We’re shrugging off persistent and deadly violence in Liberty City and other working-class and low-income communities as if those innocent victims were falling down dead in a foreign country — “over there.”
They’re not. This is happening a few blocks away from one school or another. It’s happening around the corner from a church and down the street from a mom-and-pop. It’s happening three minutes west of where hipsters play.
One of the latest atrocities occurred last week at a club on Northwest Seventh Avenue in Liberty City. The Spot, as it’s named, sits just north of Miami Dade College’s Entrepreneurial Center. Early Sunday morning, as young people — some ridiculously young to be hanging out at this venue — partied, a gunman or gunmen sprayed the club with perhaps 100 rounds. Fifteen people were injured, one critically. Another is just 11 years old.
And no one’s talking, though one or more victims likely knows the who and the why.
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In June, one of the worst mass shootings in the city in decades took place near the Liberty Square public housing project. Two men emerged from an SUV at an apartment complex on Northwest 15 Avenue and 65th Street, fired with automatic weapons into a group of friends, killing two of them and injuring seven others.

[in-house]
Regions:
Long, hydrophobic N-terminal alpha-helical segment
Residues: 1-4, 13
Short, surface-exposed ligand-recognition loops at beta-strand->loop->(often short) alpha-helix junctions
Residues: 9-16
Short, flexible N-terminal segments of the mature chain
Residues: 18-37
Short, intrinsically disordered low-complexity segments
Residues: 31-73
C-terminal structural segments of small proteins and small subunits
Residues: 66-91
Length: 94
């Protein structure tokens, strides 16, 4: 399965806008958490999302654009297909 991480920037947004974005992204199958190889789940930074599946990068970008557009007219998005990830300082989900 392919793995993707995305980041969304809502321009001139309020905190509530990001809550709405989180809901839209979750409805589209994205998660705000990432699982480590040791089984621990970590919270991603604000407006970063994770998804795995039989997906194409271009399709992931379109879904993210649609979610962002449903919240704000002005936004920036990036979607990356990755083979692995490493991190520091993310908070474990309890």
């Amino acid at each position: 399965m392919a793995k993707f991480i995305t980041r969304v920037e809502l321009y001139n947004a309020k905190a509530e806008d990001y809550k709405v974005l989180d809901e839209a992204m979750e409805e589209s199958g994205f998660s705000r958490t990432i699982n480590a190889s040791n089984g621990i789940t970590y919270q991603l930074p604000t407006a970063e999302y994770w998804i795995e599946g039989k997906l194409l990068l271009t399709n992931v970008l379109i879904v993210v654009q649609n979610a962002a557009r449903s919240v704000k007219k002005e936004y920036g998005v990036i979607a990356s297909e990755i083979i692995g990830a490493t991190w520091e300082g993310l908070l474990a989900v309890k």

And, to Hermana Richardson’s frustration, nobody’s talking.
Her son, Kevin, was one of the two young men killed. His best friend, Nakeil Jackson, was the other. As much as Ms. Richardson wants the police to push and push and push until they find the killers, she wants something else: She wants the people closest to her — neighbors, friends, kids on the block — to tell police what they know, because she’s convinced to her core that even the survivors know who shot them.
When interviewed by WLRN-Miami Herald News reporter Nadege Green — who produced a radio series called Aftermath: Beyond the Bullets in Liberty City — Ms. Richardson made clear that the debilitating silence of the people who held her in their embrace when Kevin died is most incomprehensible.
It’s a scary thing to “snitch,” because the bad guys have guns, but these gangs also are making life in these neighborhoods a living hell.
This is not a Liberty City problem, it’s a challenge that Miamians within and outside of that community must accept. Commission districts are no excuse for four of five city commissioners to say “not my problem,” for a mayor not to hold a press conference expressing resolve.
Who’s trying to make a difference? Miami-Dade State Attorney Katherine Fernandez Rundle’s office has a witness-protection program, underfunded, sadly, but effective, she says.
Who else? The police officers who, many residents told WLRN, consistently get out of their cruisers and walk the neighborhood and talk to them with respect. These officers are working to build a fractured trust, and there are far too few of them.
People who want to do more than shake their heads and lament the violence can listen to what residents have to say about the challenges — and the successes — of Liberty City. Nadege Green will host Aftermath: A Community Conversation in Liberty City, from 5:30-6:30 p.m. Oct. 9 at Miami Northwestern Senior High School, 1100 NW 71st St.
There ought to be some familiar faces there, especially those of elected officials, school leaders and law enforcement chiefs. Any less is just shrugging it off.